CERQUETTI, MARA;COLTRINARI, FRANCESCA;NICOSIA, ENRICO DOMENICO GIOVANNI;
2015

Abstract

Firstborn of the European Cultural Itineraries (1987), the Way to St. James is today a milestone in terms of policies aimed at the conservation of heritage and sustainable tourism development. Since the generic term “Way” is used for all the Jacobean routes that from South to North, from East to West, cross the Iberian Peninsula, the analysis here proposed will refer to the French Route, itinerary subject of the international recognition. The first news of a Way of Pilgrimage linked to the Loreto’s sanctuary dates from the early thirteenth century. In the following decades, the increasing flow of pilgrims is channelled along one of the major main roads of the Papal States, the one that comes from Rome along the ancient Via Flaminia to Foligno, then crossing the Apennines to the height of the step Colfiorito and arriving at Ancona through the valleys of Chienti and Potenza. This route takes the name of Via Lauretana, linking the holy cities of Rome and Loreto. Along this guideline signs of Marian devotion are increasing and the transport infrastructure and accommodation necessary for the pilgrimage have been created, especially since the sixteenth century (Croce, Di Stefano, 2014). By means of a multidisciplinary and comparative approach based on a SWOT analysis, the project aims at examining the social and cultural identity of places and peoples, of food production linked to the farming activity, and of local activities such as handicraft and manufacture. Its starting point is the awareness that heritage has a flywheel effect in terms of promoting an innovative cultural tourism that activates forms of gentle mobility and is committed to the fruition of diffused cultural heritage and landscape. As far as the Way of St. James is concerned, the study scrutinizes the growth of the last decades, especially after the Jacobean Holy Year in 1993. Since then, its richness of cultural, ethnographic and landscape resources stood out. Such versatility has enabled an endogenous economic development of the crossed territories, also thanks to European structural funds. The contribution presents a balance of the realized policies that, although did not always reach the desired economic dynamization (Santos, 1999, 2006), have restored the identitary elements of the Way, among them the slow pace (Lois, Santos, 2011). Concerning the Via Lauretana, the research regards the process which has been started to achieve its European recognition; moreover, it is focused on the analysis of the cultural resources that will be part of the network. Particular attention is paid to the role of Loreto as a gateway to the territory for the promotion of diffused cultural heritage and local socio-economic development. Nowadays, the Way of St. James is a multicultural and multi-confessional itinerary, along which a new typology of post-secular pilgrimage is taking shape; while the Via Lauretana preserves the pattern of a religious pilgrimage. In spite of this, both are instrument of a territorial development and valorisation, in line with the evolution of the concept of Cultural Heritage that has been expressed at national and, especially, at international level by organisms such as ICOMOS, UNESCO, the European Council and the European Commission. From the point of view of sustainable development, they are strong identitary elements and precious cultural resources. Because of this, they represent a factor of attraction within a planning process that connects and enhances its excellence by networking two routes that are part of a complex system. This one would originate social and cultural benefits, the search for authentic experiences and the sense of places along the routes.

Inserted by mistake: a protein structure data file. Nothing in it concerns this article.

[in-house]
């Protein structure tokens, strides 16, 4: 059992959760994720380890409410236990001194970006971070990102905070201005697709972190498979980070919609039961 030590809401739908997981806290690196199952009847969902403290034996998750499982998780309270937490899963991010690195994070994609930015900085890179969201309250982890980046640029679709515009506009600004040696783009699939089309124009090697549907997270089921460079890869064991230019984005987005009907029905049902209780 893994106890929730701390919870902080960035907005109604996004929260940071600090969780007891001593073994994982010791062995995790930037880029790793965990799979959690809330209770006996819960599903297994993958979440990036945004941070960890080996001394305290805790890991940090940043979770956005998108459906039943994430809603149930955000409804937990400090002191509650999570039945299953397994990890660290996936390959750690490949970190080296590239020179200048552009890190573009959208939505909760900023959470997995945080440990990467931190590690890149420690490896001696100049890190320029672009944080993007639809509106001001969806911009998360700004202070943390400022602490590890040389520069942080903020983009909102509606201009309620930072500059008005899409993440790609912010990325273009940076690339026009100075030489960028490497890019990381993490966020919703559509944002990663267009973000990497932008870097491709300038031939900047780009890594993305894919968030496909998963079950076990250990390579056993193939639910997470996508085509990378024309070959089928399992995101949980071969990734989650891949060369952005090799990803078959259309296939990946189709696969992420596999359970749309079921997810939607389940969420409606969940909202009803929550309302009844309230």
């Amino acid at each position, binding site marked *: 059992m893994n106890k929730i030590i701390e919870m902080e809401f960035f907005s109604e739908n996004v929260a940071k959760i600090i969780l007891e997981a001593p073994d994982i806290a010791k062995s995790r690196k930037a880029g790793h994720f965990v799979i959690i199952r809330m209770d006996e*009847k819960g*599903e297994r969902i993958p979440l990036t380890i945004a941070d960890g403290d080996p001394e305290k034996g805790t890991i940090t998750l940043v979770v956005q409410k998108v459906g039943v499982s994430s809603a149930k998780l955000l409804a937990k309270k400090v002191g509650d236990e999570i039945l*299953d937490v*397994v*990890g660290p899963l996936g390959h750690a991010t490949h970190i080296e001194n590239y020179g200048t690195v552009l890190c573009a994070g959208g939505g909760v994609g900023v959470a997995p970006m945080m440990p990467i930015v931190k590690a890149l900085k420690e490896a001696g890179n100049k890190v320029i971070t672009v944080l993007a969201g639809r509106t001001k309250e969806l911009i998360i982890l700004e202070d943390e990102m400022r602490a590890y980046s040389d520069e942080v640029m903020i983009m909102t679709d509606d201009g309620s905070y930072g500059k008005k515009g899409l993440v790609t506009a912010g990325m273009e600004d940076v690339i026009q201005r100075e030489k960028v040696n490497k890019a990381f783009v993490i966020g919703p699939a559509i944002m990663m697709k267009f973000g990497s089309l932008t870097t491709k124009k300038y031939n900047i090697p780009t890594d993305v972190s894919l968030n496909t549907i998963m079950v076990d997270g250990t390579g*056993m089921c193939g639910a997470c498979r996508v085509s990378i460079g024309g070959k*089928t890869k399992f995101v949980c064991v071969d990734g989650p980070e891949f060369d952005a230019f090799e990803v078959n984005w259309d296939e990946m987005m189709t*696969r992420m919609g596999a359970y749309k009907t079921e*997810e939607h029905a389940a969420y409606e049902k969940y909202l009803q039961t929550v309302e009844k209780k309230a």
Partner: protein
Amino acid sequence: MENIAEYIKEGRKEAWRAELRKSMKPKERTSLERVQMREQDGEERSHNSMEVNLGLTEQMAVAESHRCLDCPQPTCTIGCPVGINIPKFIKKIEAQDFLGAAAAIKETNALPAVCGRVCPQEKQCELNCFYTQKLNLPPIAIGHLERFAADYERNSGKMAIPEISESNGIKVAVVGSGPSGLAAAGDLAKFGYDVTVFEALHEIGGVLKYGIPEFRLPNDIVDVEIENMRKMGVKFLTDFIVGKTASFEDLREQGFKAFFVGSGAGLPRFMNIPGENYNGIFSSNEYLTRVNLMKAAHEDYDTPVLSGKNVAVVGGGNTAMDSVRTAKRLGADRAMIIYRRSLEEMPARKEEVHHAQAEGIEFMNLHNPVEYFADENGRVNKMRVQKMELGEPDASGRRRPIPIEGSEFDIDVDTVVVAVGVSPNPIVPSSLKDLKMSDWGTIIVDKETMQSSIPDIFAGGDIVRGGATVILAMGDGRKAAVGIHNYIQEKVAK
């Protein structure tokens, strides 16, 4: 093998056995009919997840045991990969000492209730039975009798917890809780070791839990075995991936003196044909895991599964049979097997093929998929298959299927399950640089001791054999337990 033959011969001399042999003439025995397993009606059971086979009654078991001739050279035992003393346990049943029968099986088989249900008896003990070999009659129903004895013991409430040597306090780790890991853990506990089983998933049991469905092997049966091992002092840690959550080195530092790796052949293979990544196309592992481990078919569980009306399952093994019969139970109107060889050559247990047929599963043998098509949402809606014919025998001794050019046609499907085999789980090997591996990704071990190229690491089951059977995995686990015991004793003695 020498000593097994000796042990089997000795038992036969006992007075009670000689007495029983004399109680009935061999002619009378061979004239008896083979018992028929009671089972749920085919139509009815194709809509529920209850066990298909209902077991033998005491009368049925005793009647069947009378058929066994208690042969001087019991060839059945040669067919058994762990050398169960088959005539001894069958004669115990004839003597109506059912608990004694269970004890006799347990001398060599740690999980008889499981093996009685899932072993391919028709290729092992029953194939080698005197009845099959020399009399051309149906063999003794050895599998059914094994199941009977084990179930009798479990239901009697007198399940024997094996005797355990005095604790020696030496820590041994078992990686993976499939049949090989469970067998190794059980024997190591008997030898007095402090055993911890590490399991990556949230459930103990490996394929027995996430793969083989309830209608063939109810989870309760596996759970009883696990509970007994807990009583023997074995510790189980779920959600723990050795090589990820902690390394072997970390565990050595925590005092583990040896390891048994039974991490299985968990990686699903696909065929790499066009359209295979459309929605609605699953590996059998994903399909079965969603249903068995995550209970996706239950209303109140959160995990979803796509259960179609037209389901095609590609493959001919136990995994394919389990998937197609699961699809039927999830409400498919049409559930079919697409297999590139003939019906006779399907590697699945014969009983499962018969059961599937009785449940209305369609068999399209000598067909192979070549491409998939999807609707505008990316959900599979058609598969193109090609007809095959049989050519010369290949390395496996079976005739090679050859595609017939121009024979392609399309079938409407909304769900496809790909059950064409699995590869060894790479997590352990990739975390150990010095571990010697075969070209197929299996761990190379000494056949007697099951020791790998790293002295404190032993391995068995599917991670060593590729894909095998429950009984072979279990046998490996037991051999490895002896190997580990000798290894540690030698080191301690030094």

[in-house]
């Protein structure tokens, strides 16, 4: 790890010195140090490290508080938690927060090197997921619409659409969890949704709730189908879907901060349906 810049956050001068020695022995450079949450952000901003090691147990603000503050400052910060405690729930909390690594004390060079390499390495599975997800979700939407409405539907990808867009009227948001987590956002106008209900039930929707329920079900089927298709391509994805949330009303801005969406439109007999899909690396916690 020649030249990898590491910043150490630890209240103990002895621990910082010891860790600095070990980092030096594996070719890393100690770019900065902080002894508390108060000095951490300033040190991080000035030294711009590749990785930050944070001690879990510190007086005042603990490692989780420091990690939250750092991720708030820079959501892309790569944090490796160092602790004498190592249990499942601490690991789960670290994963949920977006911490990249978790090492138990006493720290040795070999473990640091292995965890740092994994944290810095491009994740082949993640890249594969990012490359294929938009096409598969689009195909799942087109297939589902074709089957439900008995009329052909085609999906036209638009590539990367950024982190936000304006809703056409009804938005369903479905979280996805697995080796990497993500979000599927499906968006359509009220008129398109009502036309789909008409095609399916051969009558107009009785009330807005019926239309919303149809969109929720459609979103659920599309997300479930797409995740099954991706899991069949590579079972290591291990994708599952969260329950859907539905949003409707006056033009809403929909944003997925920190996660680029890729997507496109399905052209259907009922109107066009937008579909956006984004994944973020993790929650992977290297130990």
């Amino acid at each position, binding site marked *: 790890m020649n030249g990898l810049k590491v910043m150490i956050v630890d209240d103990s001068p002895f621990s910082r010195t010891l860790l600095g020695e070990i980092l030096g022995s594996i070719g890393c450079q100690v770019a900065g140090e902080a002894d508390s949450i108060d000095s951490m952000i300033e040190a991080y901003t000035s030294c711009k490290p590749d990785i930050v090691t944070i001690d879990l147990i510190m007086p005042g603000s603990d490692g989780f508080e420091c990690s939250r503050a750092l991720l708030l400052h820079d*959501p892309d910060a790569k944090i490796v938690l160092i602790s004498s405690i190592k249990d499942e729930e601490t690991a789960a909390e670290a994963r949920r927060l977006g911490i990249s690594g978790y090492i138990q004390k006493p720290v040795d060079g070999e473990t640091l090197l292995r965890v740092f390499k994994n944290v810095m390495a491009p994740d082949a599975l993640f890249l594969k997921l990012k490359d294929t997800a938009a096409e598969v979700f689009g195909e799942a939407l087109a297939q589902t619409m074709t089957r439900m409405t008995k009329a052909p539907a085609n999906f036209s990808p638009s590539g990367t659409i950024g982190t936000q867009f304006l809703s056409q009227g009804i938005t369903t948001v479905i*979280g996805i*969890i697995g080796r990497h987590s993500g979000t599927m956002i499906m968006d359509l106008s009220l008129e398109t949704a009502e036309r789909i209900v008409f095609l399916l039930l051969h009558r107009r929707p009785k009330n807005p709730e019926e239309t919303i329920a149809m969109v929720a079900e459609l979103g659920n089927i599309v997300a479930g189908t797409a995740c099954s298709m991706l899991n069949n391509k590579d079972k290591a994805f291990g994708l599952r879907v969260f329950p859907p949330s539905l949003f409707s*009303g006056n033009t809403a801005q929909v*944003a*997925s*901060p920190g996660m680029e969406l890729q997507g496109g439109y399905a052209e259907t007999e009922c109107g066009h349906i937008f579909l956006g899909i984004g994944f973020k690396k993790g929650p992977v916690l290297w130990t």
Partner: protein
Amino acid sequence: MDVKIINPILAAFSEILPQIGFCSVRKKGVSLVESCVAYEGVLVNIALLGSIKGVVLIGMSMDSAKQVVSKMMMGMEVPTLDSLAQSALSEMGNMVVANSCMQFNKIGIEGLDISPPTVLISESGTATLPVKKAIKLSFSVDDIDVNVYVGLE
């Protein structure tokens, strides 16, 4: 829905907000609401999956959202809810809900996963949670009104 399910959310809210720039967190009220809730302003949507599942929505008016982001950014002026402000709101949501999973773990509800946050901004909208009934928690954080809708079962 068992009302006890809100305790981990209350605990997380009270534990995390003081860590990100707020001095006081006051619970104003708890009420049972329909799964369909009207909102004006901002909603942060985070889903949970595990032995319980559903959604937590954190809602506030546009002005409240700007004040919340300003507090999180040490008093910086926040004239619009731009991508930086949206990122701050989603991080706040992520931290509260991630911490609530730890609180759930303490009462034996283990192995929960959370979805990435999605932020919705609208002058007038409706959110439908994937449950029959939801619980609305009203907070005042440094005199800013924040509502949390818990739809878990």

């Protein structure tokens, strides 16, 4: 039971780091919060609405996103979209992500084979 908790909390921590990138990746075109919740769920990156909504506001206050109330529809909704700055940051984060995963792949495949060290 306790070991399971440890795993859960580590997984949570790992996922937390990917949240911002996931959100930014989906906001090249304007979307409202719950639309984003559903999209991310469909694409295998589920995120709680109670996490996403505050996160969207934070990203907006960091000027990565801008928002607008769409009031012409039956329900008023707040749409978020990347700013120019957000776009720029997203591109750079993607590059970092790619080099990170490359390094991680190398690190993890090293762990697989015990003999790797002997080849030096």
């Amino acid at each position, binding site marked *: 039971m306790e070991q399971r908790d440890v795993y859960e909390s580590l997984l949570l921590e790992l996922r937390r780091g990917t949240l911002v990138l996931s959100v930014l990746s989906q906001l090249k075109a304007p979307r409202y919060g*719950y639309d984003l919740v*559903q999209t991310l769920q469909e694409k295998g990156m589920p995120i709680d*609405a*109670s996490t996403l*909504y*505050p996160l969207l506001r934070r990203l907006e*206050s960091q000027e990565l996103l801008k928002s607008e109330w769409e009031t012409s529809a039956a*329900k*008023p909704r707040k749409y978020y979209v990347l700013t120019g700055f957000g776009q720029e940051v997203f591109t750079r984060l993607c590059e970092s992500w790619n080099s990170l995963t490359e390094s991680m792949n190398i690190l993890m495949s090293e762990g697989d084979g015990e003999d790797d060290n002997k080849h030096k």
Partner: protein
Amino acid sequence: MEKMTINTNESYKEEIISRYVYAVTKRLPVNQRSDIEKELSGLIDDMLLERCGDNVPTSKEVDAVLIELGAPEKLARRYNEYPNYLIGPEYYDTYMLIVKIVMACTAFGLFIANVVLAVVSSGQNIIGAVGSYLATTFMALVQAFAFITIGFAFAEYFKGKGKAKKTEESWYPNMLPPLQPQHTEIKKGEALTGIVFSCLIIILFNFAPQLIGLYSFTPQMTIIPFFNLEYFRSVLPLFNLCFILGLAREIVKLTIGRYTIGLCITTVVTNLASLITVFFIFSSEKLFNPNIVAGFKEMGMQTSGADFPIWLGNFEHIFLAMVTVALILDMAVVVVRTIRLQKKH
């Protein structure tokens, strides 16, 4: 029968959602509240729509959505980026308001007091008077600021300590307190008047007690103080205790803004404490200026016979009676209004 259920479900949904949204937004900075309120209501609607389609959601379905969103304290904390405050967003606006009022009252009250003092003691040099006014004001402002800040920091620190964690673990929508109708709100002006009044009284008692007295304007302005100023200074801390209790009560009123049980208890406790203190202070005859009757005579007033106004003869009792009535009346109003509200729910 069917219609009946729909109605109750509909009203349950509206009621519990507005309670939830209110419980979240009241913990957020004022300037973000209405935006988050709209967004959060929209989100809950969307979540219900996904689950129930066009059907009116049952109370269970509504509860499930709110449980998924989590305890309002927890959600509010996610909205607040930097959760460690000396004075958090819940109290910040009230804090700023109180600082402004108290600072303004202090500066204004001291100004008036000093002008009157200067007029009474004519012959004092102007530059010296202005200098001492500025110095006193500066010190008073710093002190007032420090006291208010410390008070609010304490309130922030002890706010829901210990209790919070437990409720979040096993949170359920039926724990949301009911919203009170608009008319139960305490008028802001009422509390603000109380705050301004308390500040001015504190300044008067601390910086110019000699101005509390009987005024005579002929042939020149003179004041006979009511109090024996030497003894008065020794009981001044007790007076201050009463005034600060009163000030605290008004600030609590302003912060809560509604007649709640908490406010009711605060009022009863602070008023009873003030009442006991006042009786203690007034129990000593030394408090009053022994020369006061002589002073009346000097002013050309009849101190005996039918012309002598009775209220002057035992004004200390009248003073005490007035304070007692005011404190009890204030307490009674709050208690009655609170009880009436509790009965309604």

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Utilizza questo identificativo per citare o creare un link a questo documento: https://hdl.handle.net/11393/217128